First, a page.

The first photo we make is rarely the best one. The first photo is just the starting point. We’re probably still looking for the right exposure, for the correct lighting. Even if you found those, we may not have found the right composition. It is therefore necessary to photograph more, changing one detail at a time: Our position, the subjects position, the distance, the height, and so on.
I read about an exercise a while ago, suggested by a photographer. It went like this: Make 36 photos of a garden bench, all different. The same object, 36 different perspectives. The first photos will rarely be the best ones. It is as if the eye is improving with time, and registering details that at first went unnoticed.
When we are photographing people, something similar happens, adding the variable that we’re dealing with a moving subject. Besides paying attention to the variables I noted before, we have to be aware of the model’s poses and reactions, so that we can capture them.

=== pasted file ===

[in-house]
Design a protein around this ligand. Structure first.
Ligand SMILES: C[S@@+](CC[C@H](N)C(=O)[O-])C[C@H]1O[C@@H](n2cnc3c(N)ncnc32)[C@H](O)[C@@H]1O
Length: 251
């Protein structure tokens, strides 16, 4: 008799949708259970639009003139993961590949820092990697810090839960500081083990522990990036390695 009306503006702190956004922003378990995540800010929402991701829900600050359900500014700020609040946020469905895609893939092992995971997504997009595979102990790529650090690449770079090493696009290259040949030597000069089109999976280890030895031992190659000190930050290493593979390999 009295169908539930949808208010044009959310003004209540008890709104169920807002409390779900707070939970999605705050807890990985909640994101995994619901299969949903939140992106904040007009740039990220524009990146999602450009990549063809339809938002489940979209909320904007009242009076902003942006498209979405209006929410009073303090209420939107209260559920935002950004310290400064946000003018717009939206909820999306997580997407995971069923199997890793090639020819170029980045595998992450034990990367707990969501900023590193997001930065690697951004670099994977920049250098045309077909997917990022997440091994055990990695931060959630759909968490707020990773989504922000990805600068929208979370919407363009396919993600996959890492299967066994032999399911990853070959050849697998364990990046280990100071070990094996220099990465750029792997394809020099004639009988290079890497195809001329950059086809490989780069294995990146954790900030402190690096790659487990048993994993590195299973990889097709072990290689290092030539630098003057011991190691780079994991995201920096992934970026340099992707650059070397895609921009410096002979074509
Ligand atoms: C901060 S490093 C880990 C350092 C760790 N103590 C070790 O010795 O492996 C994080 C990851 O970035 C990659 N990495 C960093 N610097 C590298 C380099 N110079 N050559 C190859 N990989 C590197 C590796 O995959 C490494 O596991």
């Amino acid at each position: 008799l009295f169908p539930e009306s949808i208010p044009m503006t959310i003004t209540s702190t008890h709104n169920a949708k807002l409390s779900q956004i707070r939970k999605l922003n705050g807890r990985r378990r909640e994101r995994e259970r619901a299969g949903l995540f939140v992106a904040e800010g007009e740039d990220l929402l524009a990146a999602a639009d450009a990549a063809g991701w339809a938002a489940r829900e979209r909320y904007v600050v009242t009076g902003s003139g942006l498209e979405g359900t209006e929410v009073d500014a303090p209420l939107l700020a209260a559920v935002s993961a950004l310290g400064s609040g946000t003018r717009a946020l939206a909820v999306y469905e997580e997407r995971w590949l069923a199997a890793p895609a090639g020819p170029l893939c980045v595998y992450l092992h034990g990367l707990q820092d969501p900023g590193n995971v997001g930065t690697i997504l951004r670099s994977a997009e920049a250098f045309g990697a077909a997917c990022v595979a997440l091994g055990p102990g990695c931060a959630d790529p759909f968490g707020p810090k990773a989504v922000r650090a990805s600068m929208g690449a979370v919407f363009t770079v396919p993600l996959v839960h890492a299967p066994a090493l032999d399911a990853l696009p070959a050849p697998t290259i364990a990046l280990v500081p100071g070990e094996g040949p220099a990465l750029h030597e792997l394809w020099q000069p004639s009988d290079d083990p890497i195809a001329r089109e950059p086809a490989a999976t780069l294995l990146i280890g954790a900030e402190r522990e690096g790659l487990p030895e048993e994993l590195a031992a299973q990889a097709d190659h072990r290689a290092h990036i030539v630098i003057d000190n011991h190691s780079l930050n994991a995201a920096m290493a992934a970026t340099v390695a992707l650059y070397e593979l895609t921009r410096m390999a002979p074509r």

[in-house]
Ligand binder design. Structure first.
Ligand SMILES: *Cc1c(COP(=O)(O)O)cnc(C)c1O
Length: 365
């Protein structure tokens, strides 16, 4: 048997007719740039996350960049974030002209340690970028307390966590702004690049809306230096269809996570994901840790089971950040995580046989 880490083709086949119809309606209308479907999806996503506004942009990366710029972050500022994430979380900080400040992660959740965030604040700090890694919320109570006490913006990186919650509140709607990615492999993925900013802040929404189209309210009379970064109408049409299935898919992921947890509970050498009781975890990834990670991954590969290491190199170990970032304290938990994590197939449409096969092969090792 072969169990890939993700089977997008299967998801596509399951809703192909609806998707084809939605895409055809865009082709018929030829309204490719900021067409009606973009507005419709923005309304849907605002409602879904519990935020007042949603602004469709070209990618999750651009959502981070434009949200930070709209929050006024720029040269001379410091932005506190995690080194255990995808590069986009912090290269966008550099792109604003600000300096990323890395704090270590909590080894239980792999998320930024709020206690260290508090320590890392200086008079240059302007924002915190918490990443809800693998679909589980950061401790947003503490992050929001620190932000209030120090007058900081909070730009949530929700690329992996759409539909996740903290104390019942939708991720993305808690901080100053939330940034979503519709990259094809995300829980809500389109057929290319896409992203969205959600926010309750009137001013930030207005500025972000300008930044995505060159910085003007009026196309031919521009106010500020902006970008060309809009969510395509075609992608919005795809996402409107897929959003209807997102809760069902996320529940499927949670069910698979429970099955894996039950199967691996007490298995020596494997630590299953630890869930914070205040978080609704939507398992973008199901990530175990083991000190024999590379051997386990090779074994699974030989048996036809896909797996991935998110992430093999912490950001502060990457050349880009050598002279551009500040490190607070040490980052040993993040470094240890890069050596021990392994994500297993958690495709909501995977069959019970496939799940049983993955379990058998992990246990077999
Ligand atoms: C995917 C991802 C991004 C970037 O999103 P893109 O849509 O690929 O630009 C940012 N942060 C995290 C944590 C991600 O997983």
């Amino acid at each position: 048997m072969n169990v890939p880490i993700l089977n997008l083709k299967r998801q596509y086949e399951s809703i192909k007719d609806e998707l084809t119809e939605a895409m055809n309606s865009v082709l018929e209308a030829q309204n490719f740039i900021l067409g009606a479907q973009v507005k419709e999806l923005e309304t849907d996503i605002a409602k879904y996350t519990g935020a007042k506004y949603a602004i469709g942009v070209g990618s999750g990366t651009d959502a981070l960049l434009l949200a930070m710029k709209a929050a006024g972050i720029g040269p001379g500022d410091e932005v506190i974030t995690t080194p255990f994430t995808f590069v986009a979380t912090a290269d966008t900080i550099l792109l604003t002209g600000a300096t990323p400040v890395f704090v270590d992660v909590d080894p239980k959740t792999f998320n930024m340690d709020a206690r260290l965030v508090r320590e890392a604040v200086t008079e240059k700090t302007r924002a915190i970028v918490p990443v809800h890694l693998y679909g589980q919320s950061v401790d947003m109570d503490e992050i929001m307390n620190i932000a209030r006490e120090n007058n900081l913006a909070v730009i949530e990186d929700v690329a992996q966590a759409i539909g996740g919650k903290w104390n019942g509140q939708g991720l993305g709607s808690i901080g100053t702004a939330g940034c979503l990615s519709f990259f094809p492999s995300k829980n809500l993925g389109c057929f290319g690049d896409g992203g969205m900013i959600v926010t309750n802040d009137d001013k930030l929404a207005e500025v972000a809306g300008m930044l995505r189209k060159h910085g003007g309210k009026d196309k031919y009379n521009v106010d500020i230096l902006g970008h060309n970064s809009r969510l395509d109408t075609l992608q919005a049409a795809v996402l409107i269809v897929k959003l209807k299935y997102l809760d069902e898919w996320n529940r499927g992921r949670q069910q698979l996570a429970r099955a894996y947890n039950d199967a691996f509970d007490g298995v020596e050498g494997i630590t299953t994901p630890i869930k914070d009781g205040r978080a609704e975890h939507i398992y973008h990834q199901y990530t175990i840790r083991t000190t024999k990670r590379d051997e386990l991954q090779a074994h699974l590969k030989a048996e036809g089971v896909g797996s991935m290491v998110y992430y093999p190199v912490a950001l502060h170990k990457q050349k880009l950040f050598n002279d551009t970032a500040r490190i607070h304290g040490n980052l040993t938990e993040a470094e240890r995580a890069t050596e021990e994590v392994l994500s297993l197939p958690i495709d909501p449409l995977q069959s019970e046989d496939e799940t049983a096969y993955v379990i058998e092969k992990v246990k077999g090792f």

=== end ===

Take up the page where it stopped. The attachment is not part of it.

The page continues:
This is why we must shoot a lot, to get to an acceptable final selection.
Not giving up, and keep searching for the right “moments” is very important.
PS – The photo I selected to illustrate this post is one of a series of similar images. The detail that led me to choose this one was the look on the seller’s eyes, that you can see on the right bottom corner of the image. It almost mirrors the look on the poster. I confess that at first I didn’t notice it. Now it’s one of the details I like the most.